Saturday, December 29, 2012

Greater Worth Than I Realize

Closing Time

Saturday - Entry 19:

Sitting in the library, I'm listening to As Tall As Lions and watching as the patrons hustle and bustle about quietly. I'm finally feeling better after one of the nastiest 24 hour bugs I've experienced in a while. I haven't had energy to do much since the bug hit me square in the face yesterday morning. I was caught up in its tornado of exhaustion and did the only sensible thing I could think of: sleep. Very rare for me.

Now I'm up & about again, and I've been thinking a lot about a conversation I had with the Leprechaun the night before I became sick. I had shared a journal entry with her to help her understand where my head has been lately. Upon finishing I looked up and noticed she was crying. I was surprised. I had thought the entry to be positive and affirmative—an honest assessment of my life. She told me with teary eyes that none of it was true.

My self-assessment was rubbish, apparently. I know adults with ADHD can have inaccurate self-observation, but I didn't think that I was one of them. Now that I am 46, I've got 50 around the corner and I've been thinking about what I want to accomplish before then. Judging by milestone birthdays of days past, I can get quite worked up about my goals. I put a lot of my self-esteem on the line, making intense demands of myself in my quest to prove my life has meaning. Accomplishments are everything.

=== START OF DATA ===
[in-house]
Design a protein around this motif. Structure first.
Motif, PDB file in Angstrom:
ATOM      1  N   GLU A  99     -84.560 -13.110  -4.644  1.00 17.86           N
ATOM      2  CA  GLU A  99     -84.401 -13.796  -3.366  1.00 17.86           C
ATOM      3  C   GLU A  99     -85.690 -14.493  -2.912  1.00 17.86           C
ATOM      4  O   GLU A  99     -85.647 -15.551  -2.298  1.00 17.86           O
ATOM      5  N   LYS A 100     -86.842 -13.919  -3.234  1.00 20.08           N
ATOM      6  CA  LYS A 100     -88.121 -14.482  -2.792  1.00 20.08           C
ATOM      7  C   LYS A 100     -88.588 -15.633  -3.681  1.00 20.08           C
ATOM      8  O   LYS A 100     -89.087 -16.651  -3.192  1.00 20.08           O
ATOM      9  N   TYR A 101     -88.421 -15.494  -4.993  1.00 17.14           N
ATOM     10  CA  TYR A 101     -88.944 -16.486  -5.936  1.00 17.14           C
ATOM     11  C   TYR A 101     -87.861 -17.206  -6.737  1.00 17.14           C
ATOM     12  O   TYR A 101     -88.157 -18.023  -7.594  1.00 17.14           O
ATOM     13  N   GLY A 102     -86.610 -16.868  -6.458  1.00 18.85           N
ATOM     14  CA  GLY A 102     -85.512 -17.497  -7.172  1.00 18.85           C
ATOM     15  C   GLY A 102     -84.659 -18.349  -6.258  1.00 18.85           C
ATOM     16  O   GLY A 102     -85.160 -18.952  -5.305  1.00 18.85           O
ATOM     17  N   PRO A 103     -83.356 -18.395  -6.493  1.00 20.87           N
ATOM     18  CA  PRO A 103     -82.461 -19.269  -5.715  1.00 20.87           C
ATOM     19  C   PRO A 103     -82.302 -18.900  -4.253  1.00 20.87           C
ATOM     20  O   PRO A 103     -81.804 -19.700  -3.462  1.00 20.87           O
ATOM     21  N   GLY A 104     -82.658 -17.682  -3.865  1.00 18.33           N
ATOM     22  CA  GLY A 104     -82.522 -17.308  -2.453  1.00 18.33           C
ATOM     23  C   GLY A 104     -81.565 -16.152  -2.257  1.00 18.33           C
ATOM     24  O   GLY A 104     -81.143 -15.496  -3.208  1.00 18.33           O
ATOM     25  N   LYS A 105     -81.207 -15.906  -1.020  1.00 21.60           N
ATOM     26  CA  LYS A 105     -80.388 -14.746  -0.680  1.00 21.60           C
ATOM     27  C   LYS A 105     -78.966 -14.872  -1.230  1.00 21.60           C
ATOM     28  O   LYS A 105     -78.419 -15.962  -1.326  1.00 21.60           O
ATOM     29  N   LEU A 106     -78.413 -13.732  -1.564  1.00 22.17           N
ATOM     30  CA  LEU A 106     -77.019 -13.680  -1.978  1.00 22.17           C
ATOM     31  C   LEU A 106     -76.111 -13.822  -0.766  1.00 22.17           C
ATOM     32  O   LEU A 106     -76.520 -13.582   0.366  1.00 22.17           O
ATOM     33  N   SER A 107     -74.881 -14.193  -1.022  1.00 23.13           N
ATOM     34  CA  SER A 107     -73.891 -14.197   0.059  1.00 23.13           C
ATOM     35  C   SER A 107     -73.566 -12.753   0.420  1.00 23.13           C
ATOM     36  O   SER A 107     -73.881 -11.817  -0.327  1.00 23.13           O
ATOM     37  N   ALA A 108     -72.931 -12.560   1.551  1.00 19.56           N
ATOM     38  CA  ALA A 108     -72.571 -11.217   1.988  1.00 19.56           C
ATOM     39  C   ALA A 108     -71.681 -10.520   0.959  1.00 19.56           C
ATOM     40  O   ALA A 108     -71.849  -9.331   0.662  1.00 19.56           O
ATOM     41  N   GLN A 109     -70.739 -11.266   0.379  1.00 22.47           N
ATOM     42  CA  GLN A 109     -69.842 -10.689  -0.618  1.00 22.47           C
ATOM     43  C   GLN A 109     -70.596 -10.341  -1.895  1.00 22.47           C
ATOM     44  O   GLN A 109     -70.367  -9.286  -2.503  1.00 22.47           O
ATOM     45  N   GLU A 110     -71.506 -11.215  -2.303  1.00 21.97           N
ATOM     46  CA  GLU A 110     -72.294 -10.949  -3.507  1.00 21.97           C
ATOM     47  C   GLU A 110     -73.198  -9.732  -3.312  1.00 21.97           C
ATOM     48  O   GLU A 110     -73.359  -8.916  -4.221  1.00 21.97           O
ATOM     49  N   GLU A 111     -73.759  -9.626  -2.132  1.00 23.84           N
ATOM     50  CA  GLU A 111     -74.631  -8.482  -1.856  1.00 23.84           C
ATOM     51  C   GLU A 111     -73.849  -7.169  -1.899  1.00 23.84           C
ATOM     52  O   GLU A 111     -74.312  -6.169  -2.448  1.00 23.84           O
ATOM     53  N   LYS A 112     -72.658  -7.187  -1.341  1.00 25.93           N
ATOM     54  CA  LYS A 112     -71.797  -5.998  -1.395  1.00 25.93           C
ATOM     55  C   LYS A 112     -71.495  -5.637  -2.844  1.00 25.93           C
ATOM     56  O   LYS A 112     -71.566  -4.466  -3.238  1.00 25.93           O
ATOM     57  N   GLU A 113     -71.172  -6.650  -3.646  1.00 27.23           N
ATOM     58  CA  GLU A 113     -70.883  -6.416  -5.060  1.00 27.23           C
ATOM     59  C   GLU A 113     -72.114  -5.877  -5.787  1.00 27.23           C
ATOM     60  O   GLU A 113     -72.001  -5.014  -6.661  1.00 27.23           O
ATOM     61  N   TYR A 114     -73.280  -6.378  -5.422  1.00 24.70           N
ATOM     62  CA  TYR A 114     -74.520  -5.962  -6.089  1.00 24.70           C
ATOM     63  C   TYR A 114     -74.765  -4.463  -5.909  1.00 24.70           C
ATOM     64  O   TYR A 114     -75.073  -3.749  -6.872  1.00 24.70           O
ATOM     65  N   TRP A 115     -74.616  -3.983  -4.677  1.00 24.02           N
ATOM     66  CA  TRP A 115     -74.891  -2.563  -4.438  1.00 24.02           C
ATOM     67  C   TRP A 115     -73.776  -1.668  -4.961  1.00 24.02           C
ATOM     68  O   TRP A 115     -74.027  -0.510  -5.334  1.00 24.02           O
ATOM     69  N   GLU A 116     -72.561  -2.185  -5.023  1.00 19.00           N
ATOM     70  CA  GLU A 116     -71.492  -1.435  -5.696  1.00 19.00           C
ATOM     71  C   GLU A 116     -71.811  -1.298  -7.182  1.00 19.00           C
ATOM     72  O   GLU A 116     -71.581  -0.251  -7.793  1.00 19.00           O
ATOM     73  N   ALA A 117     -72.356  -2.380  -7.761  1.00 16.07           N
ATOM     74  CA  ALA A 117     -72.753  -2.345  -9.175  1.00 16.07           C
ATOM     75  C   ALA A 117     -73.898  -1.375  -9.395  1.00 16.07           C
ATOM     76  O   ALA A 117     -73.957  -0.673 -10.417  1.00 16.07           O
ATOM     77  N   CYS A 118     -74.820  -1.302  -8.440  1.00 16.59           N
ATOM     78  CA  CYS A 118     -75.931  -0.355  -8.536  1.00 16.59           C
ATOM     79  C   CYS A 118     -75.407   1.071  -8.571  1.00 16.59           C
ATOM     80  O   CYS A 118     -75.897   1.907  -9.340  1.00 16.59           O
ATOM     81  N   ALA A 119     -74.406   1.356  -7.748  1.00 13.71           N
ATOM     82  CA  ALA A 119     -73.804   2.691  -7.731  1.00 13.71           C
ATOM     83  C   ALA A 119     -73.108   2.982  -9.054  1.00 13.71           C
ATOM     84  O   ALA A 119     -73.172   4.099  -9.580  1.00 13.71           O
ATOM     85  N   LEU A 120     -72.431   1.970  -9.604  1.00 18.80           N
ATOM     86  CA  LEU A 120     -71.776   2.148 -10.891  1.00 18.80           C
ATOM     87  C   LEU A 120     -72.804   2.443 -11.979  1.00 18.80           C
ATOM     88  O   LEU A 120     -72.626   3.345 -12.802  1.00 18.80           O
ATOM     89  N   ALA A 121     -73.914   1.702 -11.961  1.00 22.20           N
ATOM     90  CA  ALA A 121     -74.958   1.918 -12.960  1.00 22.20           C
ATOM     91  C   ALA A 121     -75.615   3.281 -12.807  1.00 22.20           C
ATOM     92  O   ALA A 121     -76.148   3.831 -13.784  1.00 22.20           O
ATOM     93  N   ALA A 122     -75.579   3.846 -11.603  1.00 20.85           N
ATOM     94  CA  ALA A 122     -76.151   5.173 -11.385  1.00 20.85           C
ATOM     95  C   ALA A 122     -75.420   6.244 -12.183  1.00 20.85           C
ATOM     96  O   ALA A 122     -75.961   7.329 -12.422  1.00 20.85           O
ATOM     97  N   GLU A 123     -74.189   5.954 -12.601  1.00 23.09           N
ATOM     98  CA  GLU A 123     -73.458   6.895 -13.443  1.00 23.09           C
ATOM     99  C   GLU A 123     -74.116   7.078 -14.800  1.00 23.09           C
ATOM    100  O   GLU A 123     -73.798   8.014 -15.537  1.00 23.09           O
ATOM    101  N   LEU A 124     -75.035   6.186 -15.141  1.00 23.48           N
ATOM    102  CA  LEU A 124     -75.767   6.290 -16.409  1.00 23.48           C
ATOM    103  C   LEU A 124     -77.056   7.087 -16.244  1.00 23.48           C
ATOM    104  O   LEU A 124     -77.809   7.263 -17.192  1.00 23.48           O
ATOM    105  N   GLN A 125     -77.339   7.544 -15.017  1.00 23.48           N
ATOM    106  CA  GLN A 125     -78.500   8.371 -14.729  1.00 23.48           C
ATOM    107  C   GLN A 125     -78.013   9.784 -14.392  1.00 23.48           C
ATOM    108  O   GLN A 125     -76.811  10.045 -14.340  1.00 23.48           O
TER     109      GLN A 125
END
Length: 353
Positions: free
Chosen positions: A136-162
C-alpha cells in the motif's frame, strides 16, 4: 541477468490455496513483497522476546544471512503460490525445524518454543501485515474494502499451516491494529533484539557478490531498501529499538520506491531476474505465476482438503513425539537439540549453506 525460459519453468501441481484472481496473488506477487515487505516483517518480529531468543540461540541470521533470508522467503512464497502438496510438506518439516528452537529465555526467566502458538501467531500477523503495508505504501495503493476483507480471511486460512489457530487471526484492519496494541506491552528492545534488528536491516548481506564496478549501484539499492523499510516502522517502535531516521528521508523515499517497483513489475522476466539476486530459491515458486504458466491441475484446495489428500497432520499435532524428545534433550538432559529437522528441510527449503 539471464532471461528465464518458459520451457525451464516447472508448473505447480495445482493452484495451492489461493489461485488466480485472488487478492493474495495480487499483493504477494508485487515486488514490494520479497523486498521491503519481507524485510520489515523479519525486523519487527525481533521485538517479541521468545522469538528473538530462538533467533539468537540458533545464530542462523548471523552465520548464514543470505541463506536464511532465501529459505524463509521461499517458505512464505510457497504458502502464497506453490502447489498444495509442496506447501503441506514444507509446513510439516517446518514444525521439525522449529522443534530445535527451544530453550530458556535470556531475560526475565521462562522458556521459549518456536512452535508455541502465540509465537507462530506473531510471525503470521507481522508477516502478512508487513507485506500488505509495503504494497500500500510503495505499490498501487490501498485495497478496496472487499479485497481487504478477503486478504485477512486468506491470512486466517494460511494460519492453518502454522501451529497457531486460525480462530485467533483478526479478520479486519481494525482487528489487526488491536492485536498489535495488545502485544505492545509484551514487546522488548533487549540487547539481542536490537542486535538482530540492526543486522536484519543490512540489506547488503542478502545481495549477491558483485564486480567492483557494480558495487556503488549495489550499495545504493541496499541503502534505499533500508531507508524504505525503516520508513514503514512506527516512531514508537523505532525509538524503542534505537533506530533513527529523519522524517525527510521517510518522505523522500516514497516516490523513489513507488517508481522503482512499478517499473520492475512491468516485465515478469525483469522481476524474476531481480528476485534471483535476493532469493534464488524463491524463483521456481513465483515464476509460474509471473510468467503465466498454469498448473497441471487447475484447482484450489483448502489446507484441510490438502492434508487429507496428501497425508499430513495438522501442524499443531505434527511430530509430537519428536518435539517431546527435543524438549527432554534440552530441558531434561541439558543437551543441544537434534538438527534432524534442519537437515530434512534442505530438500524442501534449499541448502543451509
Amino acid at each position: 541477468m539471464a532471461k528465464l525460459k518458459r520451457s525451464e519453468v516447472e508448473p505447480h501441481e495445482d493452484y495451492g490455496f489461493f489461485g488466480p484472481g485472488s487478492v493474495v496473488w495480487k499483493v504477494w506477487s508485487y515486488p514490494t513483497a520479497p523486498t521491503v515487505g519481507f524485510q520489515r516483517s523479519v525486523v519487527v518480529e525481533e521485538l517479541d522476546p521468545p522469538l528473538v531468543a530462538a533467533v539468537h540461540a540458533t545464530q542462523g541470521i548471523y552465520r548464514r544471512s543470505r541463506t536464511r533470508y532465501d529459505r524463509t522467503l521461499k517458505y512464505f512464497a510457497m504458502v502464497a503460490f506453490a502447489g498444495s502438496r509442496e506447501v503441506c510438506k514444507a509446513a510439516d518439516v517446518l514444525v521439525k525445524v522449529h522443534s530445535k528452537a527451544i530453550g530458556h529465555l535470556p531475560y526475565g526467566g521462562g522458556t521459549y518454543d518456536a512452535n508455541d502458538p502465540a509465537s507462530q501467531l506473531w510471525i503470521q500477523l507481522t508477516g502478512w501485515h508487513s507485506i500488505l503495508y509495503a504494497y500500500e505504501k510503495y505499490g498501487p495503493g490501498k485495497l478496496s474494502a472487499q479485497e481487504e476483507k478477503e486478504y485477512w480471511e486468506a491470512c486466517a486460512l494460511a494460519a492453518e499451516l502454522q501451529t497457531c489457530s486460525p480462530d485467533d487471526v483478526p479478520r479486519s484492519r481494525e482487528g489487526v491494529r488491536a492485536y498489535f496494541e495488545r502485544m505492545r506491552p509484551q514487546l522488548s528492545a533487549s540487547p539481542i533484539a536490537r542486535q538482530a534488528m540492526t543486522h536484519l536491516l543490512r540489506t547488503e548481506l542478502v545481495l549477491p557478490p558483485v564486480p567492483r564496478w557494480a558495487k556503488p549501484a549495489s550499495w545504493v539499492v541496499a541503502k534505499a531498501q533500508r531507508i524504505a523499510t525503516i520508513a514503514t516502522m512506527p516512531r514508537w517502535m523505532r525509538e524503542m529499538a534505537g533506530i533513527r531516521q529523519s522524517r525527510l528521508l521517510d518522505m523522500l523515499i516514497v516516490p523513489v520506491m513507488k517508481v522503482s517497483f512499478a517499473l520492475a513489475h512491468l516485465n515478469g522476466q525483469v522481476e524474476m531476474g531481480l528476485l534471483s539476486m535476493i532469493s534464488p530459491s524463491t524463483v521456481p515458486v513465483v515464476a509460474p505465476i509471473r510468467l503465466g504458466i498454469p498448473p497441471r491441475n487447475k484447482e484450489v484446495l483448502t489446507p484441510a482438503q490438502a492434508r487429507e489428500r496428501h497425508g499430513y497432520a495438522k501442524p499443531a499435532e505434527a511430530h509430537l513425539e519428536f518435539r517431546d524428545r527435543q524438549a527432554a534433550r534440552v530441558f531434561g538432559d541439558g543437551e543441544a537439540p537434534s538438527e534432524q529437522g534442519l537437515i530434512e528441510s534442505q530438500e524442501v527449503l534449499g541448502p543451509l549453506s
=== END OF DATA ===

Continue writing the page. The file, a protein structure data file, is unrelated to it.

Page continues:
Maybe I'm letting Depression color those demands again. Maybe I'm just down enough on myself that my self-observation is skewed. Or maybe a sweet, 14 year old daughter sees me far differently than the harsh world does. Still, there may be some truth to her assessment of my assessment. I know my Heavenly Father sees me differently than the world does, too.

It's not too late to purge myself of the negative criticism of my adult ADHD before I turn 50. I certainly cannot accomplish the goals I have set for myself if I don't believe in my potential. Therefore, anytime I feel tempted to think poorly of myself, I will recall that tear streaked face and remember I have greater worth than I realize.